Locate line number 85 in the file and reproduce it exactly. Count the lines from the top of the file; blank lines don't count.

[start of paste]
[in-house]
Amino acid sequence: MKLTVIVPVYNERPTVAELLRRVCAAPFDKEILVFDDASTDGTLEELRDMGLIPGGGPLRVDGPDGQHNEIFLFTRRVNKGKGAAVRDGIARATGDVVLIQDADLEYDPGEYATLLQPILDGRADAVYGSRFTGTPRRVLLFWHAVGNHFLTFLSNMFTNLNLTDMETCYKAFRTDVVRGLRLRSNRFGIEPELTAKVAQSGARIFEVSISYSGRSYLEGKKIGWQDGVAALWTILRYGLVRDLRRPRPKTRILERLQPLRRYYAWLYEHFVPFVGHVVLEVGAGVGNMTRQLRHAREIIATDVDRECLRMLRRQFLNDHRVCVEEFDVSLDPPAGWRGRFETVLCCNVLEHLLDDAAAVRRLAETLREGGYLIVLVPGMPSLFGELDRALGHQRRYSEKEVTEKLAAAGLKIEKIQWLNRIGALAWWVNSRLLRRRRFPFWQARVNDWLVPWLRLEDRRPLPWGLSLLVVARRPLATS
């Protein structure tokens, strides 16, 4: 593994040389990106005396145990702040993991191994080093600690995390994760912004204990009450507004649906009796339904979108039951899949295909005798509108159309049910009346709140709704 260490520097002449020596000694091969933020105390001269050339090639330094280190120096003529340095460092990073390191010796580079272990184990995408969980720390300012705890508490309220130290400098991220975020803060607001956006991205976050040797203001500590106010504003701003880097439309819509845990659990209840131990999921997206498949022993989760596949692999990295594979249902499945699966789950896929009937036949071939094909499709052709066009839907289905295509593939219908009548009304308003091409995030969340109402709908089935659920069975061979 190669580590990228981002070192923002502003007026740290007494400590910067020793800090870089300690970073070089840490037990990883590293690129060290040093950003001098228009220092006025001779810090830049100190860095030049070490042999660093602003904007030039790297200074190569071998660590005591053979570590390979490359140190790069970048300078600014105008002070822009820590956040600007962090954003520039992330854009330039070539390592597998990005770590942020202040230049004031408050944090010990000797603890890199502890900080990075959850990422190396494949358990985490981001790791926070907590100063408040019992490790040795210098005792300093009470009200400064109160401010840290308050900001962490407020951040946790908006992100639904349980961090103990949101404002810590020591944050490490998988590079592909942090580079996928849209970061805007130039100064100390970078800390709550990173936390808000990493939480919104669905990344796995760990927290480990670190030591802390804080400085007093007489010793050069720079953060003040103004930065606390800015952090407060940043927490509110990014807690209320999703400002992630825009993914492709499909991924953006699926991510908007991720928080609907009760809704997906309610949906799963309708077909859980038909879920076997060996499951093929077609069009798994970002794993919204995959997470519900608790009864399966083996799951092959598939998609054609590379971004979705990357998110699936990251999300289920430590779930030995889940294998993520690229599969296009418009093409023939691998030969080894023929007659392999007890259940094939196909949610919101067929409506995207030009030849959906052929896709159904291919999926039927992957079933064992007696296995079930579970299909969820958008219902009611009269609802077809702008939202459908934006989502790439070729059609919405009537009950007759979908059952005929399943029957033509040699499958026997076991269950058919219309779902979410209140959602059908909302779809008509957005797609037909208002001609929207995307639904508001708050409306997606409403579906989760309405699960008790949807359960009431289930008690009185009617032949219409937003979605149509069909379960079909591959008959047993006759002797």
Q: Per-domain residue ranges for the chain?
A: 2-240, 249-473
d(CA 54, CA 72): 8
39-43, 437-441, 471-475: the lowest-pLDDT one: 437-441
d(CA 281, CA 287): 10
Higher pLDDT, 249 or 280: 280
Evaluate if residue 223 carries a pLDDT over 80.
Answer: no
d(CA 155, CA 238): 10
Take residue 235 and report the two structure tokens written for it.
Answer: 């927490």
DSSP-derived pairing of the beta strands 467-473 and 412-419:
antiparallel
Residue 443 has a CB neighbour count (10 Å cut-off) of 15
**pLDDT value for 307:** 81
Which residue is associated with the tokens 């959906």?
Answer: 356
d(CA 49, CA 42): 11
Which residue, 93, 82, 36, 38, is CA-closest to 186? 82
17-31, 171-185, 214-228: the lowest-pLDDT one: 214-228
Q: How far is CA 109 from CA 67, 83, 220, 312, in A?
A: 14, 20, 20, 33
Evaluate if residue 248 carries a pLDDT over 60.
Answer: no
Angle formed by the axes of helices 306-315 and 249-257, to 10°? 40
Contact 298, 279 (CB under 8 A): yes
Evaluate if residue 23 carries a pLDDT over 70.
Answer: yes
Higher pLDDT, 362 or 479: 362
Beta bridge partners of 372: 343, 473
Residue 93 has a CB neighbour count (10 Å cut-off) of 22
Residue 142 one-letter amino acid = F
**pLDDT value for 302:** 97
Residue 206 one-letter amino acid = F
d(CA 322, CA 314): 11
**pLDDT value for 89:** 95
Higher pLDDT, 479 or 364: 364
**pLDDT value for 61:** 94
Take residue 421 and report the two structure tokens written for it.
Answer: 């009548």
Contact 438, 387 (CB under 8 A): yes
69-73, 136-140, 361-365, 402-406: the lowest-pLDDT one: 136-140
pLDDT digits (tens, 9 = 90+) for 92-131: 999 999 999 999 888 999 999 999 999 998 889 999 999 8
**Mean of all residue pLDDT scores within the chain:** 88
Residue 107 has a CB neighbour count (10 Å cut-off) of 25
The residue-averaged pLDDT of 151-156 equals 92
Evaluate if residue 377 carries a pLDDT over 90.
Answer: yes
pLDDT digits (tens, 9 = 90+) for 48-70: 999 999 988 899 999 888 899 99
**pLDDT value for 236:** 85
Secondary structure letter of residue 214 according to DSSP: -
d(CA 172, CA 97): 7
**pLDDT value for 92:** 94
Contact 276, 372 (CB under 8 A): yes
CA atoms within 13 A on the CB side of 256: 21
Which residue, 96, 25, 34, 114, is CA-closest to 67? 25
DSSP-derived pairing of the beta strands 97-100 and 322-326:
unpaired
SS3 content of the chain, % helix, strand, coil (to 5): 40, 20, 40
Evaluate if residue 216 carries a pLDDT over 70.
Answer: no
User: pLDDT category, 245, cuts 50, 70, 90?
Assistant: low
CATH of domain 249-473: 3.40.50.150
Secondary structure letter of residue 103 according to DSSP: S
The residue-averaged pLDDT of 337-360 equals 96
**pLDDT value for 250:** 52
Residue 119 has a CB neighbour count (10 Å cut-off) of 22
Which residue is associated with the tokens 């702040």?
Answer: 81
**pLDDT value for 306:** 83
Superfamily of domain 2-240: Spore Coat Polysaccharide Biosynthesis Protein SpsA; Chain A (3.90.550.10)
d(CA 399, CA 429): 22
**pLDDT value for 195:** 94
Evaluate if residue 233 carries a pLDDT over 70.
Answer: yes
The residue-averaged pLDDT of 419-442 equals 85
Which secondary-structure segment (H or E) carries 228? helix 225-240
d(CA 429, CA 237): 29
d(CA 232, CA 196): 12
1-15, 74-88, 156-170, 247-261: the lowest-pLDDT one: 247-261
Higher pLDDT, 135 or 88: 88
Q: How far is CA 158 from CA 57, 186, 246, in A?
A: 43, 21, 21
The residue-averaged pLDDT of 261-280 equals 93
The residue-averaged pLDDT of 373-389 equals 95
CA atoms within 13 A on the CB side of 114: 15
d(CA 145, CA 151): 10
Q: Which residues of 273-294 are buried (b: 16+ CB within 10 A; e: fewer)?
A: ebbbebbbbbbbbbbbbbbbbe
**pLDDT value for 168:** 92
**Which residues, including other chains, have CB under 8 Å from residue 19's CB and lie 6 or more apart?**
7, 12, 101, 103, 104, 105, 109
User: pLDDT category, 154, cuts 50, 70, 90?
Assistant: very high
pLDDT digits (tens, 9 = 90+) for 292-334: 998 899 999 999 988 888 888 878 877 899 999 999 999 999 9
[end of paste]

Higher pLDDT, 135 or 88: 88